Renamed as “Peter,” our hero worked in the IT department of what he described as a “mid-size town” somewhere on the West Coast of the United States. This was in the early 1980s, and computing tasks were performed by a Univac mainframe.
It was a top of the range (for the 90 Series) 90/80; “Sperry Univac’s response to the IBM 370,” Peter told us. This example featured a water-cooled mainframe and was designed to shut down if things got too hot.
“I was surprised,” he told us, “when I got off the bus to go to work one day to see a large stream of water pouring down a downtown street.
“It was from open fire hydrants. I found out that my office building was at the top of the creek. Inside it looked like a fountain; all the taps in all the toilets had been turned on. being called) warned me ‘Don’t drink the water.’ “
The problem was the mainframe. It was quite hot and inconvenient and the engineers had come up with a seemingly simple solution. Need more cooling? Add more water, of course!
A hose, after being released from a garden, had been led from a convenient tap to the radiator and attached. The floodgates were open and the engineers prepared to congratulate themselves on their genius.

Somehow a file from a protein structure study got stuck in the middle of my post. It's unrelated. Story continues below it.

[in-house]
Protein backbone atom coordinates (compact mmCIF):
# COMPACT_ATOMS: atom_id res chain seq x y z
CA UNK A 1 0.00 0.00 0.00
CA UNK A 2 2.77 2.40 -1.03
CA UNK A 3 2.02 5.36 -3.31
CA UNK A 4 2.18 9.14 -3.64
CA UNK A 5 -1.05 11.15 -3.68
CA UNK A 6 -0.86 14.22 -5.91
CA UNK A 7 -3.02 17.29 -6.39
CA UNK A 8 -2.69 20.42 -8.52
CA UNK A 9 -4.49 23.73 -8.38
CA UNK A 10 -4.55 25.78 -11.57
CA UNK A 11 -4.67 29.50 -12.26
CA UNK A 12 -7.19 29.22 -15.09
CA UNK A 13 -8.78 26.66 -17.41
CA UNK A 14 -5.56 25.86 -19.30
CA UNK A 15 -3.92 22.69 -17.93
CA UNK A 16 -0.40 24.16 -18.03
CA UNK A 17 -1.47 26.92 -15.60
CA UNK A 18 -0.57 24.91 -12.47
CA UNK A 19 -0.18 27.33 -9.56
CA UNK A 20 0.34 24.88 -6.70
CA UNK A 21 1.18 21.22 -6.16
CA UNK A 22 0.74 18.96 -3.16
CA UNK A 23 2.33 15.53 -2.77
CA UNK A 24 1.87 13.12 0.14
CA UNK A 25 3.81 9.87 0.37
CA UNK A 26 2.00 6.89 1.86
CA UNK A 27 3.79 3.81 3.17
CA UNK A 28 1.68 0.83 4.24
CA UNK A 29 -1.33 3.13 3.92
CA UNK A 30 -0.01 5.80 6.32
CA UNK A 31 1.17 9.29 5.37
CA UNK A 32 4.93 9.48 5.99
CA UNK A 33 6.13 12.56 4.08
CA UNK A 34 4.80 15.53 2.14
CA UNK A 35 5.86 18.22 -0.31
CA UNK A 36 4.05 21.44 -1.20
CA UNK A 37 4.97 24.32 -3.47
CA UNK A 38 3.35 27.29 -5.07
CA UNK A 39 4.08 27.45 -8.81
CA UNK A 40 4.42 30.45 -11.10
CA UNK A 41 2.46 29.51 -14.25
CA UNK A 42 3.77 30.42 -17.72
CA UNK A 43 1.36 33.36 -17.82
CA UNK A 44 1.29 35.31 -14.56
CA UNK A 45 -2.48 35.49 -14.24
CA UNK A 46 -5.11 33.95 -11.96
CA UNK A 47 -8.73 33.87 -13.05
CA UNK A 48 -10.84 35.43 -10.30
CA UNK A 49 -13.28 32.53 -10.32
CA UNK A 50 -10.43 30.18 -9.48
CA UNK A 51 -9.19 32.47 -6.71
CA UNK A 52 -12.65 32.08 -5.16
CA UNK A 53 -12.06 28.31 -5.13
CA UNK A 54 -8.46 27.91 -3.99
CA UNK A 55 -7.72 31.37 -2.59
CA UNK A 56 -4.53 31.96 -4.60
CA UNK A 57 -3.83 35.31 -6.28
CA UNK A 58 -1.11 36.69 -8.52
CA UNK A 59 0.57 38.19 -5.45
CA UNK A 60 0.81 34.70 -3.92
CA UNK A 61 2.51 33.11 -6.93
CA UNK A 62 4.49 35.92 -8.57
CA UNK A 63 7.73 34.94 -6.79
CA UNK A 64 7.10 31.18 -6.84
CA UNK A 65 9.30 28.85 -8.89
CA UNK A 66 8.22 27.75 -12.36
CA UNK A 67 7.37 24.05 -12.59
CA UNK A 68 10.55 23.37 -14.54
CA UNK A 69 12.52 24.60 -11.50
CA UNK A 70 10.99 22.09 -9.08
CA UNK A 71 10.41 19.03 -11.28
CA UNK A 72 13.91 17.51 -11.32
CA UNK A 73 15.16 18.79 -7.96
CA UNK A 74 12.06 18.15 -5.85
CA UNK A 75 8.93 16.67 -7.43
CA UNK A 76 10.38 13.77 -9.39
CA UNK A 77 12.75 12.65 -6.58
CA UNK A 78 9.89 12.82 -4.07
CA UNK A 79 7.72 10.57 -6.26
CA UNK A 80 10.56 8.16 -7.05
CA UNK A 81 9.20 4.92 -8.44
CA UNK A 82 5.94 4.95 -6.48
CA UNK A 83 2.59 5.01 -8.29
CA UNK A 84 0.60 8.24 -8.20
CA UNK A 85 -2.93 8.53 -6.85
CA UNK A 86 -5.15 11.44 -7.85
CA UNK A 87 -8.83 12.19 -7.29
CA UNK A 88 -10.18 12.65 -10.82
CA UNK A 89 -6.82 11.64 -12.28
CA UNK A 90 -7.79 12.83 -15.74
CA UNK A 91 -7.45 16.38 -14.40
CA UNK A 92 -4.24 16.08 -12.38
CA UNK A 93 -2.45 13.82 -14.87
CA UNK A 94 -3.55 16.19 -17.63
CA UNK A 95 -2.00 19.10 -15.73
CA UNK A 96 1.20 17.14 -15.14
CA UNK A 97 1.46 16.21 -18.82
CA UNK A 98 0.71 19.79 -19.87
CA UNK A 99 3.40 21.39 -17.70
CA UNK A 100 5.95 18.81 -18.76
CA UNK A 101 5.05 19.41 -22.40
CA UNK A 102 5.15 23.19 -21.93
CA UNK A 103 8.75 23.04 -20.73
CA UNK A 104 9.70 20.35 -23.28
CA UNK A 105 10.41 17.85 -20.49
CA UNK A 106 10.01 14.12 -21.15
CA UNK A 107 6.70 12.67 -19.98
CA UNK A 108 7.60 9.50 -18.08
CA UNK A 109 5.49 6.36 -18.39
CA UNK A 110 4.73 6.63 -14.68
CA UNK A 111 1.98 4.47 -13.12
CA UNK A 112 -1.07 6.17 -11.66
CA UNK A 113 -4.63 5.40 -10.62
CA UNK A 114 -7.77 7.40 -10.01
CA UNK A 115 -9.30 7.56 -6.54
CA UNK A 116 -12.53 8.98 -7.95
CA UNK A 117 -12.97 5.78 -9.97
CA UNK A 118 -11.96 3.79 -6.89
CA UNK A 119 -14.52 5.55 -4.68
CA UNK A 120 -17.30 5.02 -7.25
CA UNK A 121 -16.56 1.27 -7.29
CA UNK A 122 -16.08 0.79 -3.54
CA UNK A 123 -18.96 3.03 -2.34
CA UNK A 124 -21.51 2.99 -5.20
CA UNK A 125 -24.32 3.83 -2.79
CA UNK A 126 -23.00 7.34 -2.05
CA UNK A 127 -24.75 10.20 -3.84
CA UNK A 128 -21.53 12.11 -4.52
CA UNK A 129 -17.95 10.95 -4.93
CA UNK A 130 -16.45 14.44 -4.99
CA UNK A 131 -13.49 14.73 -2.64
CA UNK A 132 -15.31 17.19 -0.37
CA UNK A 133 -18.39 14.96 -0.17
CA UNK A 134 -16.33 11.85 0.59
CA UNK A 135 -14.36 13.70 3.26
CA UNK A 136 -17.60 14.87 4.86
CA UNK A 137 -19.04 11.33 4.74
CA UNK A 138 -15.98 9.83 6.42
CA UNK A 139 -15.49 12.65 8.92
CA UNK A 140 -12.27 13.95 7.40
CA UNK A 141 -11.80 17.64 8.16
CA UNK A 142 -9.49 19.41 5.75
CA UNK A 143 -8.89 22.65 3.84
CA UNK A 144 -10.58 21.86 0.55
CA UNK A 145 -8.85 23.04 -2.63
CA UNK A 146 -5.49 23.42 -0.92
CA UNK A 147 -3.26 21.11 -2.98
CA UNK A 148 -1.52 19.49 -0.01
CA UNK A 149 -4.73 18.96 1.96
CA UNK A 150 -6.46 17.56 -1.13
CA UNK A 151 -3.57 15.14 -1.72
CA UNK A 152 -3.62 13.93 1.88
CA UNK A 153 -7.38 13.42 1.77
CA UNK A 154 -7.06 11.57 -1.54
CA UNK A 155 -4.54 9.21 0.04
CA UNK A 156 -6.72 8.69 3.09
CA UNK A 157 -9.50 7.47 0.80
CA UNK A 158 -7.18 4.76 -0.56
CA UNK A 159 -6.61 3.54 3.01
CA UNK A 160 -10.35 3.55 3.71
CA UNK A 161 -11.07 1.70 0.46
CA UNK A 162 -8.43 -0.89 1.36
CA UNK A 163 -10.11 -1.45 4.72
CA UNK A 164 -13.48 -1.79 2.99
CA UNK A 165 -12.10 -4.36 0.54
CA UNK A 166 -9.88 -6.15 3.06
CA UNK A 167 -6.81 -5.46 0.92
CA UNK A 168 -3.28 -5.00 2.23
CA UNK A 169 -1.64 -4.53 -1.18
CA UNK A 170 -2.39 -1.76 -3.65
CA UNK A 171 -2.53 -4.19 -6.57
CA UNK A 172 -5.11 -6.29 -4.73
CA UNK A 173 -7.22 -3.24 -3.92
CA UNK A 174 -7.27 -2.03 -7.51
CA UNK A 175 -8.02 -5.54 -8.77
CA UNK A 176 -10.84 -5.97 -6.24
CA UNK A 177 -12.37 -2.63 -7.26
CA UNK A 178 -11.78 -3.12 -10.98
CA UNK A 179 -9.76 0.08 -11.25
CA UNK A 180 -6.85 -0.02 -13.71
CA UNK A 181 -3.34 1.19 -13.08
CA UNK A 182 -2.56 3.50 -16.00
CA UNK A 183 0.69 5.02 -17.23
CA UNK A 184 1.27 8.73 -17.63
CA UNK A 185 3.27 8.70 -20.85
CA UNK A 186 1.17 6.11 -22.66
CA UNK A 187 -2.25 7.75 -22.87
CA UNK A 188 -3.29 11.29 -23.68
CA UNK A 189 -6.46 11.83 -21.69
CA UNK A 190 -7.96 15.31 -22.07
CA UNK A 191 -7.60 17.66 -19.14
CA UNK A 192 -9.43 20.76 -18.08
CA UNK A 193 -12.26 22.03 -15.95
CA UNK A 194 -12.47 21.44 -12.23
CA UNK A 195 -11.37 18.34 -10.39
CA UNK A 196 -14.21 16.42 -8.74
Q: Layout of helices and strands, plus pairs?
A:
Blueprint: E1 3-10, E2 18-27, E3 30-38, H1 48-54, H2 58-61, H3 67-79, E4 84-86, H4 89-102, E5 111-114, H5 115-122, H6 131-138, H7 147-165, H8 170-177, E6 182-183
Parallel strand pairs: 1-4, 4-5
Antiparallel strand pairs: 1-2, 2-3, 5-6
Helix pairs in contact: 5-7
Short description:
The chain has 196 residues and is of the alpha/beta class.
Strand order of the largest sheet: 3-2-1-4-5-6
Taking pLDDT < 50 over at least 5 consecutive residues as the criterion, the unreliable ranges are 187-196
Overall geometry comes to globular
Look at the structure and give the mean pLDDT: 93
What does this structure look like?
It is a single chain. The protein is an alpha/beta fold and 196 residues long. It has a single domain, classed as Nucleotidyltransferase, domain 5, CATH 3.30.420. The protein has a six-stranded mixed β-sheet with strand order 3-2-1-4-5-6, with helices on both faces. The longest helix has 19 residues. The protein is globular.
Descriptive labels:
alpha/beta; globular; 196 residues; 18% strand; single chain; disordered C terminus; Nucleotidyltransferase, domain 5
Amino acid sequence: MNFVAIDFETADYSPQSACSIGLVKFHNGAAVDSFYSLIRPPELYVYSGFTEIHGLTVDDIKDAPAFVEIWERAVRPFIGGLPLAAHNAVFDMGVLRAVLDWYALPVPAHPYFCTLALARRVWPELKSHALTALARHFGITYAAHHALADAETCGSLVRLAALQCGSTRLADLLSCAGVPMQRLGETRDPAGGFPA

Except that things didn’t go as planned. The pressure in the radiator was quite high. High enough, in fact, so that mains water, under lower pressure, does not interfere with the cooling system. Probably a lucky escape, because who knows what the untreated water would have done to the interns.
Not so lucky, however, were those downstream since the chemicals in the coolant started going where they shouldn’t because the flow was going the wrong way. Do not drink the water indeed.
A poorly thought-out solution that was quickly cut off, the way to solve the problems was to turn on the faucets and hydrants in an effort to remove contaminants.
The rooster made the news. Peter remembers: “The evening newspaper featured a picture of flooded gutters with the headline ‘Main Street’.”
But at least they were liquid cooled, eh?
The register asked a number of people in the pumping and chemical industry if such a thing was possible and the answer, after much complicated discussion of ‘reverse flow’ and ‘composition profile’, was’ l ‘story seems viable’. So this is it.
That said, the incompetence required to think that attaching a garden hose to a central cooling system was a good idea is a thing to see.
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